Throughout the Great War hundreds of King Edward’s School’s old boys and masters fought and died in the many campaigns on land, sea and in the air. We are commemorating the 100th anniversary of the Great War and the contributions made by these Old Edwardians through a programme of events outlined below.
In November 2014, an exhibition opened in the School Chapel to mark the centenary of the Great War and to commemorate the service and sacrifice of over 1,400 Old Edwardians who served in the conflict.
The first phase of the exhibition explored the School on the eve of the war, the involvement of Old Edwardians in raising the Birmingham City (Pals) Battalions, and a short film revealed the impact of the conflict on Tolkien and his school friends.
The second phase of the exhibition opened in May 2016 and commemorated the centenary of the Battle of the Somme, in which 52 Old Edwardians lost their lives. This exhibition explored the Somme campaign in greater detail and told the individual stories of Old Edwardians who fought and died in the campaign. The exhibition is currently closed as we prepare for the final stage of our commemorations.
A virtual Roll of Honour provided visitors to the exhibition with the opportunity to browse through photographs and biographies for each Old Edwardian listed on the bronze memorial plaques in the Chapel. The Roll of Honour has now been transferred to the School website and can be viewed by clicking here.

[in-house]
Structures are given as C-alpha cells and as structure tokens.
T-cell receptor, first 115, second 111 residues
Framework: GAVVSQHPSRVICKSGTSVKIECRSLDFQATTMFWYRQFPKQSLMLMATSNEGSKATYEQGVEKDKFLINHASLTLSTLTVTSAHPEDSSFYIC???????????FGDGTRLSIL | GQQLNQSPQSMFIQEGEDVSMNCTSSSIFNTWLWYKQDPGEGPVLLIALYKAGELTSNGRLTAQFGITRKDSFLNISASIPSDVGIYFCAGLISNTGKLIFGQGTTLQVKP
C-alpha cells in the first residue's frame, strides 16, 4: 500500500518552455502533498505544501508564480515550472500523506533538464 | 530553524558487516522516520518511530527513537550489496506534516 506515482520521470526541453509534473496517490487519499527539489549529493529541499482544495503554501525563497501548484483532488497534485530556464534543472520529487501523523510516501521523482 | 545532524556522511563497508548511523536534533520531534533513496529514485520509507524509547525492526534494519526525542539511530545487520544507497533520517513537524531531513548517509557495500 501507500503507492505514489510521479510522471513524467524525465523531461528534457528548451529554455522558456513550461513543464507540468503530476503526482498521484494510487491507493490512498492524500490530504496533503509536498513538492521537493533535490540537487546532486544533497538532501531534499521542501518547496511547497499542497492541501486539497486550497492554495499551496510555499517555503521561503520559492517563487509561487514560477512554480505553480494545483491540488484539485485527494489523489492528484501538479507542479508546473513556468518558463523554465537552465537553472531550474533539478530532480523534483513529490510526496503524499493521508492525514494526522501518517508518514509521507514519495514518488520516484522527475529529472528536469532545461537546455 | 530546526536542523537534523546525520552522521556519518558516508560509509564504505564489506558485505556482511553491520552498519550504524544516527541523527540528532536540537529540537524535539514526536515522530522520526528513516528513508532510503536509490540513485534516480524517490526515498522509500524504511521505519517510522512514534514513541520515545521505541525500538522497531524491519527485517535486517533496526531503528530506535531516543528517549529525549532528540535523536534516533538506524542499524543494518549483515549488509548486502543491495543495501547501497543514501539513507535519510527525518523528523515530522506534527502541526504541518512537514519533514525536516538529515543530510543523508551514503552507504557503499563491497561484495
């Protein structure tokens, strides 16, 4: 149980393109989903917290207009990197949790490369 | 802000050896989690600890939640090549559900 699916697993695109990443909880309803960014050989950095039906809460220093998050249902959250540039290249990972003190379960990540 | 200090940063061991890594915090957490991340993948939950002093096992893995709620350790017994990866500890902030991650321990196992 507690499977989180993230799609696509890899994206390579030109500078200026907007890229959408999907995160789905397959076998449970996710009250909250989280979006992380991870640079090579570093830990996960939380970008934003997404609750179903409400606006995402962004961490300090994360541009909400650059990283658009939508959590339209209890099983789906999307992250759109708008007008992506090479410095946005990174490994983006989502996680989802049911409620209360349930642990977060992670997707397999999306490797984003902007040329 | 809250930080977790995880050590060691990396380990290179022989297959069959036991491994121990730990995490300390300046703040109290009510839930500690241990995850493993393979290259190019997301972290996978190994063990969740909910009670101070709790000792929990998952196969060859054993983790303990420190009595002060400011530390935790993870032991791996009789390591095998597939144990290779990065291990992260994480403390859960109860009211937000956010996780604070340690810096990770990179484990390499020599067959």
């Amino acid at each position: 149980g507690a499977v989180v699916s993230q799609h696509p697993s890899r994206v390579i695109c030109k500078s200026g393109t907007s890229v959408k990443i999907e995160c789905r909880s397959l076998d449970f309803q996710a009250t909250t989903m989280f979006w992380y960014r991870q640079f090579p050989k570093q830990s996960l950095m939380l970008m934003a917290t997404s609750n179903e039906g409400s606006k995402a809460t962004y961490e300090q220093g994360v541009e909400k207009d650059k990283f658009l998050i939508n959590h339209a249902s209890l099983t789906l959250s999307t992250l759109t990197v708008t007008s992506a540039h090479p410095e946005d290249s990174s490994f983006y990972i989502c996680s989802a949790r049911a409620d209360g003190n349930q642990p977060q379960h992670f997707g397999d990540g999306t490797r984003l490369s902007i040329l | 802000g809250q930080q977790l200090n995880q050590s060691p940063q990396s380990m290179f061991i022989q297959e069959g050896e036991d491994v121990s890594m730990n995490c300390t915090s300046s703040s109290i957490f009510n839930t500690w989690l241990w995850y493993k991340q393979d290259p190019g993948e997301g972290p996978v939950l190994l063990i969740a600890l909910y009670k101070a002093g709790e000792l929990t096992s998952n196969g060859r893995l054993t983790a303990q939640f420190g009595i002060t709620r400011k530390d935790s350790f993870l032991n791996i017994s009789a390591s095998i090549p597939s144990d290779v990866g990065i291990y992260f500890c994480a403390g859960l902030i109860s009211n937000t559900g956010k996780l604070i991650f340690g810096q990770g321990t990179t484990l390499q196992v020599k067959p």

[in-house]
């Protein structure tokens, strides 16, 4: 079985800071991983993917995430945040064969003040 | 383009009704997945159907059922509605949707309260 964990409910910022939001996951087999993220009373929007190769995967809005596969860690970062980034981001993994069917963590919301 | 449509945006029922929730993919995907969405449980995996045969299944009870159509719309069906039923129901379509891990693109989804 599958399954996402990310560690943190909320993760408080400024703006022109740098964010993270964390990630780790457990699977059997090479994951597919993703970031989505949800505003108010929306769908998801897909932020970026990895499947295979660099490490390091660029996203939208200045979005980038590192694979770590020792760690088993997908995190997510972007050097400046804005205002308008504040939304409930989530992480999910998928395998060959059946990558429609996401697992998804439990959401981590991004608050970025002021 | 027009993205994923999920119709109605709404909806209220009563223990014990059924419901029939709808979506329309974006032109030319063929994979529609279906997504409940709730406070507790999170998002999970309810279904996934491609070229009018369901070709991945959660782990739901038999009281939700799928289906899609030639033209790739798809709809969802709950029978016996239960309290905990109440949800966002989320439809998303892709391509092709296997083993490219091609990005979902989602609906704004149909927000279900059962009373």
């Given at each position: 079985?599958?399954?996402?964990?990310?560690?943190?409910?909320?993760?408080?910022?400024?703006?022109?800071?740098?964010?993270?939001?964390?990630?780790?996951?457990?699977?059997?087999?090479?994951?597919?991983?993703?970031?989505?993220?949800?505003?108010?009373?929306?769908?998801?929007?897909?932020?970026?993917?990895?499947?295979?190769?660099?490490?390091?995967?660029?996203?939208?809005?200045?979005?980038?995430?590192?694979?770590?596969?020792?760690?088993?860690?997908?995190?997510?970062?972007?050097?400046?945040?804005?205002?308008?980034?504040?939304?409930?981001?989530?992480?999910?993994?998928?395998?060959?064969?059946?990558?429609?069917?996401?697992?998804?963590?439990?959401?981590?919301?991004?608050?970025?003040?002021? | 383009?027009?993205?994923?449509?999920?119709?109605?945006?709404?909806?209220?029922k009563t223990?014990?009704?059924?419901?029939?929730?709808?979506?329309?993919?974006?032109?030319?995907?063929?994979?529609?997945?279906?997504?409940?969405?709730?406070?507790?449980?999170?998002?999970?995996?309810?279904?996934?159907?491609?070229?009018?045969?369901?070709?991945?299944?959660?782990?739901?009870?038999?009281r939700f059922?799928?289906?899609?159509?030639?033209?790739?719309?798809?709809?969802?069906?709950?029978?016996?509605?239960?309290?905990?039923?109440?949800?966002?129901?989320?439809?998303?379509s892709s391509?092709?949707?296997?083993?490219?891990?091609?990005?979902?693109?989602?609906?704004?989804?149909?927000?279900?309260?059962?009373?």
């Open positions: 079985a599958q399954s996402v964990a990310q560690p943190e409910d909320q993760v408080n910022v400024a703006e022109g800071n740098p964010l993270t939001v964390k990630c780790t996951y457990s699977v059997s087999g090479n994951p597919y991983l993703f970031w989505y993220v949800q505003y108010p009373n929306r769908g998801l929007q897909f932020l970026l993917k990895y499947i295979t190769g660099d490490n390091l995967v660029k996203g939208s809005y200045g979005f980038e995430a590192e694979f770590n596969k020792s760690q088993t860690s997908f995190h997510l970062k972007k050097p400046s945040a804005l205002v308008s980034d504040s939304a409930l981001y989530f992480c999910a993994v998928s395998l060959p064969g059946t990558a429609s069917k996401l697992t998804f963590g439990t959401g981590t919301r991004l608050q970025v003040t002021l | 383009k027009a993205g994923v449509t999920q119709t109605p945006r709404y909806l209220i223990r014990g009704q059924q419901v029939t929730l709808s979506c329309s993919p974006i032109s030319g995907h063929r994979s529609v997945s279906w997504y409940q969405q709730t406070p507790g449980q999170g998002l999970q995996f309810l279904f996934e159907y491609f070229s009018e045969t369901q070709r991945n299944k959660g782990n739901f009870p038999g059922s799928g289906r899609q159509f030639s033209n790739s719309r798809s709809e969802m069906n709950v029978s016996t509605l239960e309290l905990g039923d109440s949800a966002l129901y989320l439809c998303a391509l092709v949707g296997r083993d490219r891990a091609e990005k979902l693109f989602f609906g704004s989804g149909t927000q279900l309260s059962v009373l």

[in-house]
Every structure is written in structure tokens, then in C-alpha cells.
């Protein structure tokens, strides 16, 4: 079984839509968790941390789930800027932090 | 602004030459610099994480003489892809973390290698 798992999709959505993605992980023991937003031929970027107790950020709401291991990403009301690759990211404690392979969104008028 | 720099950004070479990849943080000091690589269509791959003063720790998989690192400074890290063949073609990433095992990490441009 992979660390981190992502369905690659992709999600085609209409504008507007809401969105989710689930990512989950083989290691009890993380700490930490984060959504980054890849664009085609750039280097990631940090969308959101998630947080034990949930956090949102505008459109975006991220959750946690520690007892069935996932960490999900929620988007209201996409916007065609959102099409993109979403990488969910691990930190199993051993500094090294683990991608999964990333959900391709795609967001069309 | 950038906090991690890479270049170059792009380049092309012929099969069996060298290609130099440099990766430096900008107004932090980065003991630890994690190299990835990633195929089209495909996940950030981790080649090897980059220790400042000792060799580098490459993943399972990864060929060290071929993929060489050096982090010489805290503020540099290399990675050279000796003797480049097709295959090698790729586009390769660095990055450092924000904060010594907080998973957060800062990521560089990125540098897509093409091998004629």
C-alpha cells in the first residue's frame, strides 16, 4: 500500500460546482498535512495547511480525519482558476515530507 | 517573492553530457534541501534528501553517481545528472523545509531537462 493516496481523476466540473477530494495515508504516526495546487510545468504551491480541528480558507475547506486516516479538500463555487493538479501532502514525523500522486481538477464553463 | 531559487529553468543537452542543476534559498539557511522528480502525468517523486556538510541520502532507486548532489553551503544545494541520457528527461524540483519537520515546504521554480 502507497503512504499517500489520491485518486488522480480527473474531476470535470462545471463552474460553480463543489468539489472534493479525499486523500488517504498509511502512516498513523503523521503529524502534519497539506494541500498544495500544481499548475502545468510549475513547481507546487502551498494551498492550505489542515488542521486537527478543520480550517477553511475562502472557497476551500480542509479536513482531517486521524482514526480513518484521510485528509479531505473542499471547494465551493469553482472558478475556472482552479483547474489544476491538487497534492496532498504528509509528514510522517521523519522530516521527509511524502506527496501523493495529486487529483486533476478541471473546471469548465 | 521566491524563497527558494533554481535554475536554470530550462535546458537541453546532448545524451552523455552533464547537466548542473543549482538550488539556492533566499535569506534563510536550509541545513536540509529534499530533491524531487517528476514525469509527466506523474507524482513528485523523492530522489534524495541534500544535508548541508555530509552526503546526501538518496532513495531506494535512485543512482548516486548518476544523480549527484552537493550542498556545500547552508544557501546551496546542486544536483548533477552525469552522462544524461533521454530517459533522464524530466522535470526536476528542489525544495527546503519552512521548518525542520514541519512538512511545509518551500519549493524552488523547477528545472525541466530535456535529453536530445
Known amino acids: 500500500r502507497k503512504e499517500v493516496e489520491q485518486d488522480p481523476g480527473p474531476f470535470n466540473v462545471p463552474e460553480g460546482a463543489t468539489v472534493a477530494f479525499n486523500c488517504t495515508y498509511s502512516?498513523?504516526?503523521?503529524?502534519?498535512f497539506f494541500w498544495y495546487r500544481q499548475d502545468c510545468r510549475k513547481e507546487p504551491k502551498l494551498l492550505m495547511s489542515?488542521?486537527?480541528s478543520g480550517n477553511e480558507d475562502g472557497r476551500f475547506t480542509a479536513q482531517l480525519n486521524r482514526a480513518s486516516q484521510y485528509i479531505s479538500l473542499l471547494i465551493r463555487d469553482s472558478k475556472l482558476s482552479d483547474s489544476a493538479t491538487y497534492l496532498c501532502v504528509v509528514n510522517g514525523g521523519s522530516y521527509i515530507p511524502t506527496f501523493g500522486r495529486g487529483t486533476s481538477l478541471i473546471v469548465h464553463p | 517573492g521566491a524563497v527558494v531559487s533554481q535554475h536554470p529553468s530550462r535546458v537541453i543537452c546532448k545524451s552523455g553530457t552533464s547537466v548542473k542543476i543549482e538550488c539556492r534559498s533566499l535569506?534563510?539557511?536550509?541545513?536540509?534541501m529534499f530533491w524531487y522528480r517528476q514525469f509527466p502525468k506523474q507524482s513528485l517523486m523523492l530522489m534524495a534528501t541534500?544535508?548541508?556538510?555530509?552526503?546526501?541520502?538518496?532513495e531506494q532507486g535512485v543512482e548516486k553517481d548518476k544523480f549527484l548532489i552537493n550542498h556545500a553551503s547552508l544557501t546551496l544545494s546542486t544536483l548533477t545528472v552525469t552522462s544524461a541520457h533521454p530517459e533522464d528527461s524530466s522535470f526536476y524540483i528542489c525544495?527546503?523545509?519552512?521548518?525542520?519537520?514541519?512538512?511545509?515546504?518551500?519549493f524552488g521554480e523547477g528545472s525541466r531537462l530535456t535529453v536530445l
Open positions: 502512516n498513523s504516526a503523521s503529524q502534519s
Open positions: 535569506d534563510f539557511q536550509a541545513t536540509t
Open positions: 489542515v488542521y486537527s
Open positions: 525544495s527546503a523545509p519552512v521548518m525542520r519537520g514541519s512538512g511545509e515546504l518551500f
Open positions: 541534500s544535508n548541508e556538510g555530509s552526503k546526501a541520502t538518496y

During the October 2014 half term, 40 pupils travelled to the battlefields of Belgium and Northern France to mark the contributions made by all in the war, but especially those of Old Edwardians and the Birmingham Pals.
The trip was based around Ypres and the Somme and boys visited the key battlegrounds, trenches, museums and monuments. They attended a service at St George’s Memorial Church in Ypres, during which a plaque was dedicated to Old Edwardians who lost their lives in the First World War.
Along with the Chief Master, a contingent from the School’s Combined Cadet Force represented King Edward’s School at the Menin Gate ceremony where a wreath was laid. The group later moved onto the Somme battlefield and visited the graves of Old Edwardians killed in the area, and a short ceremony of remembrance followed at the Thiepval Memorial. Finally, the group attended the French National Memorial at Notre Dame de Lorette.
Tolkien Lecture 2014
Professor Gary Sheffield, one of Britain’s foremost military historians, was the speaker at this annual academic lecture on Tuesday, 7 October 2014. The lecture was titled ‘British Army Officers in the First World War: Recruitment, Training and Performance’.
Tolkien Lecture 2016
Professor Sir Hew Strachan, the world’s most eminent historian of the First World War, talked about the Battle of the Somme at this annual academic lecture on Wednesday, 4 May 2016.
For information on other events and attractions related to Birmingham’s heritage, visit Birmingham Heritage Forum’s website.